Your ram is fine!
What’s going on?
Linux is borrowing unused memory for disk caching. This makes it looks like you are low on memory, but you are not! Everything is fine!
Why is it doing this?
Disk caching makes the system much faster! There are no downsides, except for confusing newbies. It does not take memory away from applications in any way, ever!
What if I want to run more applications?
If your applications want more memory, they just take back a chunk that the disk cache borrowed. Disk cache can always be given back to applications immediately! You are not low on ram!
Do I need more swap?
No, disk caching only borrows the ram that applications don’t currently want. It will not use swap. If applications want more memory, they just take it back from the disk cache. They will not start swapping.
How do I stop Linux from doing this?
You can’t disable disk caching. The only reason anyone ever wants to disable disk caching is because they think it takes memory away from their applications, which it doesn’t! Disk cache makes applications load faster and run smoother, but it NEVER EVER takes memory away from them! Therefore, there’s absolutely no reason to disable it!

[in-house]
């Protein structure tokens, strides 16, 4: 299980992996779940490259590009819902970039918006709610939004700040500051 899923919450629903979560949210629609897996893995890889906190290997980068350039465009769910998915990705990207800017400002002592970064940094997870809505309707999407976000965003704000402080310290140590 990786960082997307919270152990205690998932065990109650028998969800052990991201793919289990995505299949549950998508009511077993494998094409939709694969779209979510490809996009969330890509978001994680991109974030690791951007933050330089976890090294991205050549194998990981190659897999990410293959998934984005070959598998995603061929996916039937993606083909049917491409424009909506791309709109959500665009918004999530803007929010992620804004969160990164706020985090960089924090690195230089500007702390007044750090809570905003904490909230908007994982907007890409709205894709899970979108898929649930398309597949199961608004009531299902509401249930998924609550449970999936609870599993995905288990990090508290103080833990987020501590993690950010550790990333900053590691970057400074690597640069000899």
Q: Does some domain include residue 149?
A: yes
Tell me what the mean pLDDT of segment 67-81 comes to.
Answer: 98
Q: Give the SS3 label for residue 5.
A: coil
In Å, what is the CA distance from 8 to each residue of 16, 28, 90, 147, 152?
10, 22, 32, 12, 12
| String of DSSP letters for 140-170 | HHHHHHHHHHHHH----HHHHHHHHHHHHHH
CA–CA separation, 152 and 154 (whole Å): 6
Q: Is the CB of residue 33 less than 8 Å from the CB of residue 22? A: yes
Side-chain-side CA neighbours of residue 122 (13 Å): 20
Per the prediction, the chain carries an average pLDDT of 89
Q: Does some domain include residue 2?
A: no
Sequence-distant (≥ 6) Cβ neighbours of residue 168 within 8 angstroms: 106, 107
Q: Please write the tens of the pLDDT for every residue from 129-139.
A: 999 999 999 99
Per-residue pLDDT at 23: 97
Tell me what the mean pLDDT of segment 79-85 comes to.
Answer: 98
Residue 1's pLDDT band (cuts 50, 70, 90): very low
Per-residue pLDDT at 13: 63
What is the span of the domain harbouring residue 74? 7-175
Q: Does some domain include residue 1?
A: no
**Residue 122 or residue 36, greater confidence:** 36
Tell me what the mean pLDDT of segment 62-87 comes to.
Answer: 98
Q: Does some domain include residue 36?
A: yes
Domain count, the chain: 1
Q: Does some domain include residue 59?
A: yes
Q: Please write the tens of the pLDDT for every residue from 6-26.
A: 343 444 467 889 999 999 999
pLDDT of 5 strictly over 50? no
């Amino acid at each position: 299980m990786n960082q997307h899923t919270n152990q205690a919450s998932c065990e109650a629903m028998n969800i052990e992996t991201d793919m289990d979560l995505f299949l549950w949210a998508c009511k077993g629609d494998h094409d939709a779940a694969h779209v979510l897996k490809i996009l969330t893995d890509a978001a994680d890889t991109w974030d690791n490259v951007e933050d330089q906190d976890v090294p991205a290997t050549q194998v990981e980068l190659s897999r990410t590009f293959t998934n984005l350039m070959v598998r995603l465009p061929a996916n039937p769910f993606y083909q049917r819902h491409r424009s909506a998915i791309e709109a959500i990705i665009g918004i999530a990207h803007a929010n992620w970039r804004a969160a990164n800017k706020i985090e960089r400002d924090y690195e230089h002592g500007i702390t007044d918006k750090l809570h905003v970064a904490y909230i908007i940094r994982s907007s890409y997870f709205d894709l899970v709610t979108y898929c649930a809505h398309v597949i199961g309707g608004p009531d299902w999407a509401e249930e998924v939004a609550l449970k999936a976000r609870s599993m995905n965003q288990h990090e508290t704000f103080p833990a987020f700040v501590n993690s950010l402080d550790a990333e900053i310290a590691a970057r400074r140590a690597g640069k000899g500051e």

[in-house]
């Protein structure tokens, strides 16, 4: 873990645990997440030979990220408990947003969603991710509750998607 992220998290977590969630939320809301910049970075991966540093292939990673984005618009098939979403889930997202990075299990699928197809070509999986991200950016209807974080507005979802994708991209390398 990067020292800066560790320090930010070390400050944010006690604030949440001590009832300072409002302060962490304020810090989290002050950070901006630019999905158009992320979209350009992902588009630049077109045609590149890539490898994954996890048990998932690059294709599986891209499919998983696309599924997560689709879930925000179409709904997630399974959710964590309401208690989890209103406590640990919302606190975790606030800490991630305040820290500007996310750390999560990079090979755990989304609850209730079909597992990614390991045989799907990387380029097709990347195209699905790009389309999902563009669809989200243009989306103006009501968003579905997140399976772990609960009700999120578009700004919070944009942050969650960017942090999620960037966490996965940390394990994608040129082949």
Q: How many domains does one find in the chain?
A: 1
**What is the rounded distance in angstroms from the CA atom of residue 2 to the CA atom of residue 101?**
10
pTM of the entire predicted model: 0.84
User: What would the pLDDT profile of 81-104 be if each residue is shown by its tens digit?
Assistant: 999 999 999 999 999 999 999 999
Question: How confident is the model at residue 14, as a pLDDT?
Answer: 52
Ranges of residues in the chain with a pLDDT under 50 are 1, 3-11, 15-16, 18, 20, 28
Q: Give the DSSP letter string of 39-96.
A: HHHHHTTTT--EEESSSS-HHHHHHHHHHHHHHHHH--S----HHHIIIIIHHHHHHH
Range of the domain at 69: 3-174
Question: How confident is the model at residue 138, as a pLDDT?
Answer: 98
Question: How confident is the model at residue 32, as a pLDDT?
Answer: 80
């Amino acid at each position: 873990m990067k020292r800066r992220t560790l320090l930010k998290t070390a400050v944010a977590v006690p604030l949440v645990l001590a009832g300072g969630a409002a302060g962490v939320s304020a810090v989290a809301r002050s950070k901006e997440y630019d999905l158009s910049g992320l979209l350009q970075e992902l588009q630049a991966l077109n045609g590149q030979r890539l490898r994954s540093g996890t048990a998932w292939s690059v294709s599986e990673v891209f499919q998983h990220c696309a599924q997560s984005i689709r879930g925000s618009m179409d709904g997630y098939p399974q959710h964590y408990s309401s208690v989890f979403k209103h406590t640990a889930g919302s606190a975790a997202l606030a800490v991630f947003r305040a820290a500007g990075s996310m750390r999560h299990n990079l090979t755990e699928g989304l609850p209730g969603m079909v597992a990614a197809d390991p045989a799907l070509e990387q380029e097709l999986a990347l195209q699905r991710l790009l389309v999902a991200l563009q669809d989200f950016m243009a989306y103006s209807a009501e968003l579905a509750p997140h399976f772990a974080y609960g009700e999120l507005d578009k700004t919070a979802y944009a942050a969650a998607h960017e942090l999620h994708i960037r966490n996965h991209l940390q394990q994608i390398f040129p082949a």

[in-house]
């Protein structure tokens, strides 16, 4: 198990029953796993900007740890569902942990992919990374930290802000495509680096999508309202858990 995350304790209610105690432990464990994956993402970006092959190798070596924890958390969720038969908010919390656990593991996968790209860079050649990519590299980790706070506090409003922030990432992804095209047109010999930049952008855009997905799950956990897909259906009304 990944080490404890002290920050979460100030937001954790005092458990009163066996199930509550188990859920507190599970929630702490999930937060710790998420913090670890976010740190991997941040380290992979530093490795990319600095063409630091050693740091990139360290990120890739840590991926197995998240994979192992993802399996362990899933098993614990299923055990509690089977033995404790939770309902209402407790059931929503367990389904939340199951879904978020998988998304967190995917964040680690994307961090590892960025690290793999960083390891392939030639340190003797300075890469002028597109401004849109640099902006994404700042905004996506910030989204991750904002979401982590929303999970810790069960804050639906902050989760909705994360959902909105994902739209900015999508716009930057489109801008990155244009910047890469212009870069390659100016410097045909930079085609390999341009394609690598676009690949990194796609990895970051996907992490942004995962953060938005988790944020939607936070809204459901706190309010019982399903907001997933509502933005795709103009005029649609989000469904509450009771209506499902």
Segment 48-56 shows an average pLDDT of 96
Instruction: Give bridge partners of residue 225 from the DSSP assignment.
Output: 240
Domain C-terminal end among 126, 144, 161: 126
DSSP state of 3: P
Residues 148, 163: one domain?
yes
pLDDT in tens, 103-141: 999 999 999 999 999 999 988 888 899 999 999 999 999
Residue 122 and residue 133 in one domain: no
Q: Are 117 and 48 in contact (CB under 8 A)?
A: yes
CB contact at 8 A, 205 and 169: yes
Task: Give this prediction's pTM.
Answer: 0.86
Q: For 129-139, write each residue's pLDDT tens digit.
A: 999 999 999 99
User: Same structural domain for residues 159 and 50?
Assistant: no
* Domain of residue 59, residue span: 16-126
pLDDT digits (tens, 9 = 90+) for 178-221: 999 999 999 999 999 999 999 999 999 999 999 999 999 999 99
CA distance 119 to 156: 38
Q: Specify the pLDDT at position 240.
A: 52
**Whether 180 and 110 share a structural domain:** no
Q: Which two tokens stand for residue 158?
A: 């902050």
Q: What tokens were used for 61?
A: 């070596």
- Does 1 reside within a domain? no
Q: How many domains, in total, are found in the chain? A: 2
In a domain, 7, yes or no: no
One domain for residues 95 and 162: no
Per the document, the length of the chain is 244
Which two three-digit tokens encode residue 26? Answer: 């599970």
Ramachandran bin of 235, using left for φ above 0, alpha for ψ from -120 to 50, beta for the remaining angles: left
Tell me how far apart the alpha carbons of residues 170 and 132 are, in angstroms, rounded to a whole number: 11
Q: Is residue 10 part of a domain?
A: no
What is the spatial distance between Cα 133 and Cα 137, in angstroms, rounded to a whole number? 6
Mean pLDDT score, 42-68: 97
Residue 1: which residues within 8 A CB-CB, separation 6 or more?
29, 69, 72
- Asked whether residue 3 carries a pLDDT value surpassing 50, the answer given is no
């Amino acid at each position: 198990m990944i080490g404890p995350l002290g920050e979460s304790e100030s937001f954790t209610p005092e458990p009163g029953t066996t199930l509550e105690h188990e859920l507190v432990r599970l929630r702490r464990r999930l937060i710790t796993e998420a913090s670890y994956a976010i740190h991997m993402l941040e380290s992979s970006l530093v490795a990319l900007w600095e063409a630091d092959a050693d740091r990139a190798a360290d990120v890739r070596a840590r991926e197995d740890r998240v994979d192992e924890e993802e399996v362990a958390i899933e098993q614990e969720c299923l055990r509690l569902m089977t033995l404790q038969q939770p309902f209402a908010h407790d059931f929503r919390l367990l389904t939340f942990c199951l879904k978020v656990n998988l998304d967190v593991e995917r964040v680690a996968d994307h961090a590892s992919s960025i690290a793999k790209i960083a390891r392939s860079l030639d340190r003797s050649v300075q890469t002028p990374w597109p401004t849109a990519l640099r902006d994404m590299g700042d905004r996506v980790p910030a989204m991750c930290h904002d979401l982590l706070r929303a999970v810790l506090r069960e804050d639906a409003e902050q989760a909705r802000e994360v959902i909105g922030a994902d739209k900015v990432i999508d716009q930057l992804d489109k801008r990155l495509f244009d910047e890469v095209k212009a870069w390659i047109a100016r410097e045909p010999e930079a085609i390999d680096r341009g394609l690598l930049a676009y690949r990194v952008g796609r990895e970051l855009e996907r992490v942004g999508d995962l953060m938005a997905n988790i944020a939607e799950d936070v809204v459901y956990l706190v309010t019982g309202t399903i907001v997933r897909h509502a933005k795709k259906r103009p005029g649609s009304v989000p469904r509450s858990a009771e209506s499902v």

Why does top and free say all my ram is used if it isn’t?
This is just a misunderstanding of terms. Both you and Linux agree that memory taken by applications is “used”, while memory that isn’t used for anything is “free”.But what do you call memory that is both used for something and available for applications?
You would call that “free”, but Linux calls it “used”.
|Memory that is
|You’d call it
|Linux calls it
|taken by applications
|available for applications, and used for something
|not used for anything
This “something” is what top and free calls “buffers” and “cached”. Since your and Linux’s terminology differs, you think you are low on ram when you’re not.
How do I see how much free ram I really have?
Too see how much ram is free to use for your applications, run
free -m and look at the row that says “-/+ buffers/cache” in the column that says “free”. That is your answer in megabytes:
$ free -m total used free shared buffers cached Mem: 1504 1491 13 0 91 764 -/+ buffers/cache: 635 869 Swap: 2047 6 2041 $
If you don’t know how to read the numbers, you’ll think the ram is 99% full when it’s really just 42%.
How can I verify these things?
See this page for more details and how you can experiment with disk cache